B&W Film Dates

Discussion in 'B&W: Film, Paper, Chemistry' started by sage, Oct 24, 2007.

  1. sage

    sage Member

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    Is there any issues with using black and white film with short dates or just old dates like a year or so, and should it be kept refridgerated or does that only matter for color film?
     
  2. jordanstarr

    jordanstarr Member

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    sage...
    almost all of my film is expired to some degree. i shot a roll of tmax 100 (120 format) last week that expired in 2001. it was stored in some guys basement in washington state for 4 years. it worked fine (some defect on 2mm in from the edge, but did not effect the picture). also, i shot some kodak e100 colour slide film from 2002 that was perfect.. I have a roll of tri-x that expired in 1989 that i'll be experimenting with next. you'll have no problem with film that's been expired for at least 3 years if it's been refridgerated. obviously don't take a chance if you're taking pictures of a "once in a lifetime" opportunity or a paid project. use the aged film for working on your skills, experimenting techniques, filters, etc., or use it for things you can go back and retake later if you're not pleased with the quality. on that topic however, the quality does not seem to degrade with expired film from what i have found. there seems to be a slightly different "look" between 2001 and fresh film, but it could have just been countless other variables.

    hope this helps...jordan.
     
  3. sage

    sage Member

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    Works for me, I'll just put everything in the fridge till im ready to use it I think then, the non freezer ice cream yummyness side :tongue:
     
  4. drpsilver

    drpsilver Subscriber

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    24 Oct 2007

    Sage:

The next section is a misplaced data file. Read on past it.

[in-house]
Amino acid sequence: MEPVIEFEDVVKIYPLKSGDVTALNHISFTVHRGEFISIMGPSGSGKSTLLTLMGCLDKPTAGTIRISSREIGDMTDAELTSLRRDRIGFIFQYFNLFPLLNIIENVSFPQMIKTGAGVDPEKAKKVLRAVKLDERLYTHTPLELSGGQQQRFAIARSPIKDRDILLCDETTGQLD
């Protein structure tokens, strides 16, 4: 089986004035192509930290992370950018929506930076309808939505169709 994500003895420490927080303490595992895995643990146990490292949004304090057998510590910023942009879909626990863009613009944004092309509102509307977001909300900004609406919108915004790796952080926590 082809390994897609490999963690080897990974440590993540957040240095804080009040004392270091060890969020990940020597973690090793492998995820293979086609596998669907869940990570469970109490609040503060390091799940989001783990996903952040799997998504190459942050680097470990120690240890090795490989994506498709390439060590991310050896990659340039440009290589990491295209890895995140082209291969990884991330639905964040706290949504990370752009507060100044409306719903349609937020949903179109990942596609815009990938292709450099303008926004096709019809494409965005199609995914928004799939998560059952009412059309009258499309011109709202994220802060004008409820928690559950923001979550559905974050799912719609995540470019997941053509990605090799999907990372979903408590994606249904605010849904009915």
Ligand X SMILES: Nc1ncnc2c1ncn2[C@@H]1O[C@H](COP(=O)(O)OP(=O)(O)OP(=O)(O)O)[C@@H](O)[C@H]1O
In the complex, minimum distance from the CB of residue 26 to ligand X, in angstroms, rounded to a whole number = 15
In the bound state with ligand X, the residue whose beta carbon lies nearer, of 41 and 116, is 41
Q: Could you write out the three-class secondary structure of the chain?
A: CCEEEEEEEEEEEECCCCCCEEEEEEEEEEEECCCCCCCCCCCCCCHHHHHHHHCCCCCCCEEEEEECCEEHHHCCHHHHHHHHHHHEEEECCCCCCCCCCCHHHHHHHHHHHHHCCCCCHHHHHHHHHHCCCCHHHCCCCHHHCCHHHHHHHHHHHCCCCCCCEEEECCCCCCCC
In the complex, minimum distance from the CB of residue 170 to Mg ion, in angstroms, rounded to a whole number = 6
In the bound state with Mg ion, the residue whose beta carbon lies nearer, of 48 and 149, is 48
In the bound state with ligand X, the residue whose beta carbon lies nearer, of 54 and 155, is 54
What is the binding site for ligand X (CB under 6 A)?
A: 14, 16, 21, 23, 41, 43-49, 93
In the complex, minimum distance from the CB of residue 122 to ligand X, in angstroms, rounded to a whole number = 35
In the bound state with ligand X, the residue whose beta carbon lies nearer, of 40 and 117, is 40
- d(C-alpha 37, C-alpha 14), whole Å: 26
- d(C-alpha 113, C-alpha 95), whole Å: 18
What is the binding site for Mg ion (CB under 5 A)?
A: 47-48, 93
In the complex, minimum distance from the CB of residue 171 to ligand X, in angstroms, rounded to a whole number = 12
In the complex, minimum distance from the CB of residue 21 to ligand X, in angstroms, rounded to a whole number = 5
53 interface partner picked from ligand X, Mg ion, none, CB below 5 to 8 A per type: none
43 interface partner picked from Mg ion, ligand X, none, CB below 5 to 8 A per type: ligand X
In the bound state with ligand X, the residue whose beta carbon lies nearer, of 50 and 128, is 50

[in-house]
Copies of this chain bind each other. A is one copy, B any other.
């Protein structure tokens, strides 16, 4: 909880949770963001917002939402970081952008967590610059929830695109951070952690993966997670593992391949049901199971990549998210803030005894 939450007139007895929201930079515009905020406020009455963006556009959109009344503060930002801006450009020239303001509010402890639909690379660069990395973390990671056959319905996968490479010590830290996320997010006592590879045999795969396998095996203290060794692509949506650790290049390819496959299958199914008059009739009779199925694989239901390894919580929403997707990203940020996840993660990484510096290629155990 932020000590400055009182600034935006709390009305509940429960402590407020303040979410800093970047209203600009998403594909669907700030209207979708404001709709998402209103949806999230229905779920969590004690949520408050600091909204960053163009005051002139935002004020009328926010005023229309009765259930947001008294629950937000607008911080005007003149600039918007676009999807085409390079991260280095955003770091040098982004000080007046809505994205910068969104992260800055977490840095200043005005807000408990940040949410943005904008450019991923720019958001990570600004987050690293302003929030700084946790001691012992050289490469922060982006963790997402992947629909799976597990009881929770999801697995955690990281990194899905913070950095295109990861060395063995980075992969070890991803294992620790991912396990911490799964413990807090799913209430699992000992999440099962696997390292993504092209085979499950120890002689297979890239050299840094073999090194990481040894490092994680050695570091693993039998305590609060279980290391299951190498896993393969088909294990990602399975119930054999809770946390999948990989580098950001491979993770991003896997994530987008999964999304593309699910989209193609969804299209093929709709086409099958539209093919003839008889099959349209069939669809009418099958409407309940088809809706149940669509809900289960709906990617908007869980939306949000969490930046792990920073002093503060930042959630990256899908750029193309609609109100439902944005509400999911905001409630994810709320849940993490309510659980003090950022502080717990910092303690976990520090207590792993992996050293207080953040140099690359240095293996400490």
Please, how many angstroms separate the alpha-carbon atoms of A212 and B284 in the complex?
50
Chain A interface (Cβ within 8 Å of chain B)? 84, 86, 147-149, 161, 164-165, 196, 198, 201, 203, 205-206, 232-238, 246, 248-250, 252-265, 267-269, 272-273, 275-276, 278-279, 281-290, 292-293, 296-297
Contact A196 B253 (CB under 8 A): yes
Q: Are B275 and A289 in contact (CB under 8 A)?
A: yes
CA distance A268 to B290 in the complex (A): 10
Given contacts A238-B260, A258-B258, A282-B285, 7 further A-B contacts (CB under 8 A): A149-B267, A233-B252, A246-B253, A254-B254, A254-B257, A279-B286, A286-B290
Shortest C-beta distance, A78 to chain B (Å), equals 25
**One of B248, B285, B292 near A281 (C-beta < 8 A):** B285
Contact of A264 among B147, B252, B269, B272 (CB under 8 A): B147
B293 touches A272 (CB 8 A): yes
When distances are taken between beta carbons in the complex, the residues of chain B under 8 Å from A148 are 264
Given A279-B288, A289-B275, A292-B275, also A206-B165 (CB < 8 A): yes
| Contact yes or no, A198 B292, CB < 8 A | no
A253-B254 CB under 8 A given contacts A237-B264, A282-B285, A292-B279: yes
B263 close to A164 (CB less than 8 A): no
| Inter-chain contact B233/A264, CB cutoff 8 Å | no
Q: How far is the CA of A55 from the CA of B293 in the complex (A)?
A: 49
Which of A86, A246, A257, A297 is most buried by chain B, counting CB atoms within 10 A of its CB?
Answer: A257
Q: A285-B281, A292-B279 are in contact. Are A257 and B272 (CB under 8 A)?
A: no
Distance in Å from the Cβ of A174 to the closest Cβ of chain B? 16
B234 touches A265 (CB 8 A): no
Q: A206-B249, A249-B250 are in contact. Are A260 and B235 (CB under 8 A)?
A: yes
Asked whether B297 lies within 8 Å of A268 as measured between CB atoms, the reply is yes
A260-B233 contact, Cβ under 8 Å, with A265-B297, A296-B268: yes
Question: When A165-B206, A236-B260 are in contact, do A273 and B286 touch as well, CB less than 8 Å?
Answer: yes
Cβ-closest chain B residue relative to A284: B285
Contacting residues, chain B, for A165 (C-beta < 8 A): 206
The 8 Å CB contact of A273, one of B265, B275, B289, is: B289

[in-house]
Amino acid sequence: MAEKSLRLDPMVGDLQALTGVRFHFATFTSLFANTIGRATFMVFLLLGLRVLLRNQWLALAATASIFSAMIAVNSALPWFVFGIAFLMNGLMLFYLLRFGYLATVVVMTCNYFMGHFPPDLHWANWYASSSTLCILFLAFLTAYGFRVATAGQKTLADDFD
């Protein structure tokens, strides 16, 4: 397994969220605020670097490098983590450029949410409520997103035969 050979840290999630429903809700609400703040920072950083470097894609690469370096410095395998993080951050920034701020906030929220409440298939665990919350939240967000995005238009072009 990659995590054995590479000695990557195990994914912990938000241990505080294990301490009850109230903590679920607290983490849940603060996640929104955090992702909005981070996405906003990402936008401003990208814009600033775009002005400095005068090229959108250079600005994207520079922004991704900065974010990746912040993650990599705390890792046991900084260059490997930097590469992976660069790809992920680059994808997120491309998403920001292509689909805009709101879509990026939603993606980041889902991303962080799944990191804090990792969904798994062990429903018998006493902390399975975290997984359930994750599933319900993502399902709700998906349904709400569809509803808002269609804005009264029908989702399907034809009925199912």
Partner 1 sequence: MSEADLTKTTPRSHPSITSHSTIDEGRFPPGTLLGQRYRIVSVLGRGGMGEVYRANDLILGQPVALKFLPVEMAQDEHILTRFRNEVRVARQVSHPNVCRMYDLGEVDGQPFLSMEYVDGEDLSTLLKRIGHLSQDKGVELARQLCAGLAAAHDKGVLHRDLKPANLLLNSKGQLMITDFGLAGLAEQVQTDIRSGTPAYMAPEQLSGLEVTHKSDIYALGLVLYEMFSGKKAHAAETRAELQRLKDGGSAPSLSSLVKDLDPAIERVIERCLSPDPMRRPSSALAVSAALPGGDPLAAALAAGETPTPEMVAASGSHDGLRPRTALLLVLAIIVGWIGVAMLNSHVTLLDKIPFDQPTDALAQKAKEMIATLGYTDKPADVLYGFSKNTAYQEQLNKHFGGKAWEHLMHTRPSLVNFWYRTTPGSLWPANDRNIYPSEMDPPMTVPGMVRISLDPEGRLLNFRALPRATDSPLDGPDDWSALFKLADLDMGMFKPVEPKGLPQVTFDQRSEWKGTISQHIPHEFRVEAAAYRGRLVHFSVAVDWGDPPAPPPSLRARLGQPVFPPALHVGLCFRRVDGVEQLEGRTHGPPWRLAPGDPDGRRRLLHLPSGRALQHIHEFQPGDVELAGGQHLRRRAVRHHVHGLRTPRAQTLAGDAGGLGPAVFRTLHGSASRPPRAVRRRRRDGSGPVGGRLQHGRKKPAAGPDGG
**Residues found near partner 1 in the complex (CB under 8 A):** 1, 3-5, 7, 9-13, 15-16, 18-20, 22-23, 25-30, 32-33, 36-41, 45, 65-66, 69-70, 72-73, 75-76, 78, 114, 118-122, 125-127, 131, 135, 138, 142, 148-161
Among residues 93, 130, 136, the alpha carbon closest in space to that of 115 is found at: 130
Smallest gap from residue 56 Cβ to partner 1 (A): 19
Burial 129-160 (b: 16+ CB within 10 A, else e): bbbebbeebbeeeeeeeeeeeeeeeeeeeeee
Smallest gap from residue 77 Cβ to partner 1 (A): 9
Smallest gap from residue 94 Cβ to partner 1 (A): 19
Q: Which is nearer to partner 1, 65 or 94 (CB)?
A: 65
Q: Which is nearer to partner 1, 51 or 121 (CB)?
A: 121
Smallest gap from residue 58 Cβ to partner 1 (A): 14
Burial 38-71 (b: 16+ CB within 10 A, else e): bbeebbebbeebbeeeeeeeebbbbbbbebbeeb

I have used B&W film (mainly 4x5) that is "short dated" by as much as 3 years with little problem. The one roll of Tri-X (120) that was 15 years old. I rated this film at EI 200 when I exposed it, but the sensitivity was really about EI 50 (my estimate). So the film became 1/8 sensitive over 15 years! No bad at all.

    I refrigerate all my film B&W and color. I believe that B&W really does not need to be refrigerated, but IMHO it keeps better. In all cases color film should be refrigerated if possible, otherwise color shifts can occur if the film gets "cooked". In all cases one must let the film get to room temperature before opening the cannister, foil, or 3-part box.

    The bottom line is if you have B&W film that is only a year out-of-date use it as you would normally.

    Hope this helps.

    Regards,
    Darwin
     
  5. sanking

    sanking Member

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    It really depends a lot since some films fog much faster than others. Slow and medium speed films fog much slower than high speed films, and some of the films made at the Forte and Efke factories fog much faster than Ilford and Kodak films.

    Keeping the feel frozen will certainly help, but high speed films are subject to fogging from cosmic rays, so they will fog in the freezer, but less rapidly than if stored at room temperature.

    How much fogging is acceptable is an open question. For most purposes I consider fog values of log .25 over normal B+F values to be at the borderline of acceptability. However, I know people using Super-XX for printing AZO that was manufactured over 15 years ago and has fog values of more than log .35 over normal B+F.

    Sandy King